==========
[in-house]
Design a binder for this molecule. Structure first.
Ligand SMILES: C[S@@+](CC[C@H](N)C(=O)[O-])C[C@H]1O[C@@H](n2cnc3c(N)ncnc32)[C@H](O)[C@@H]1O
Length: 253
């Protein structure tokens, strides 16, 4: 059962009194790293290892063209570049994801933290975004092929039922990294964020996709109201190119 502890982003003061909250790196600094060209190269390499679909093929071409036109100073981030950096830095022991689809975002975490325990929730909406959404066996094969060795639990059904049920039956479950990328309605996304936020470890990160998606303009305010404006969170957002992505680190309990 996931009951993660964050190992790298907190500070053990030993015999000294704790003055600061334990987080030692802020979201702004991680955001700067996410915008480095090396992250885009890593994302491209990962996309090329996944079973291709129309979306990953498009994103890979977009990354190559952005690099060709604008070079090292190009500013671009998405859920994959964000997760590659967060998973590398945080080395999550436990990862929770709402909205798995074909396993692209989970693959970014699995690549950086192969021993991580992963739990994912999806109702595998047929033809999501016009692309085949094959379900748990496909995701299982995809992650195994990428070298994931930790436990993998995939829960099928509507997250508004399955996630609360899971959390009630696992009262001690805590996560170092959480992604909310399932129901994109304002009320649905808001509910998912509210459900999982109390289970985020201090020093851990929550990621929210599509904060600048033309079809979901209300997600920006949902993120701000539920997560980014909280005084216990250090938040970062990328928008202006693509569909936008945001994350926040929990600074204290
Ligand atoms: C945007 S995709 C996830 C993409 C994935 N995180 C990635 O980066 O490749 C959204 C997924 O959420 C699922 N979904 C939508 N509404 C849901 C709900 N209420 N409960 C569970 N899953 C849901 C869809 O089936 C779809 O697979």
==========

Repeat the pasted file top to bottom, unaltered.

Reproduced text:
[in-house]
Design a binder for this molecule. Structure first.
Ligand SMILES: C[S@@+](CC[C@H](N)C(=O)[O-])C[C@H]1O[C@@H](n2cnc3c(N)ncnc32)[C@H](O)[C@@H]1O
Length: 253
């Protein structure tokens, strides 16, 4: 059962009194790293290892063209570049994801933290975004092929039922990294964020996709109201190119 502890982003003061909250790196600094060209190269390499679909093929071409036109100073981030950096830095022991689809975002975490325990929730909406959404066996094969060795639990059904049920039956479950990328309605996304936020470890990160998606303009305010404006969170957002992505680190309990 996931009951993660964050190992790298907190500070053990030993015999000294704790003055600061334990987080030692802020979201702004991680955001700067996410915008480095090396992250885009890593994302491209990962996309090329996944079973291709129309979306990953498009994103890979977009990354190559952005690099060709604008070079090292190009500013671009998405859920994959964000997760590659967060998973590398945080080395999550436990990862929770709402909205798995074909396993692209989970693959970014699995690549950086192969021993991580992963739990994912999806109702595998047929033809999501016009692309085949094959379900748990496909995701299982995809992650195994990428070298994931930790436990993998995939829960099928509507997250508004399955996630609360899971959390009630696992009262001690805590996560170092959480992604909310399932129901994109304002009320649905808001509910998912509210459900999982109390289970985020201090020093851990929550990621929210599509904060600048033309079809979901209300997600920006949902993120701000539920997560980014909280005084216990250090938040970062990328928008202006693509569909936008945001994350926040929990600074204290
Ligand atoms: C945007 S995709 C996830 C993409 C994935 N995180 C990635 O980066 O490749 C959204 C997924 O959420 C699922 N979904 C939508 N509404 C849901 C709900 N209420 N409960 C569970 N899953 C849901 C869809 O089936 C779809 O697979």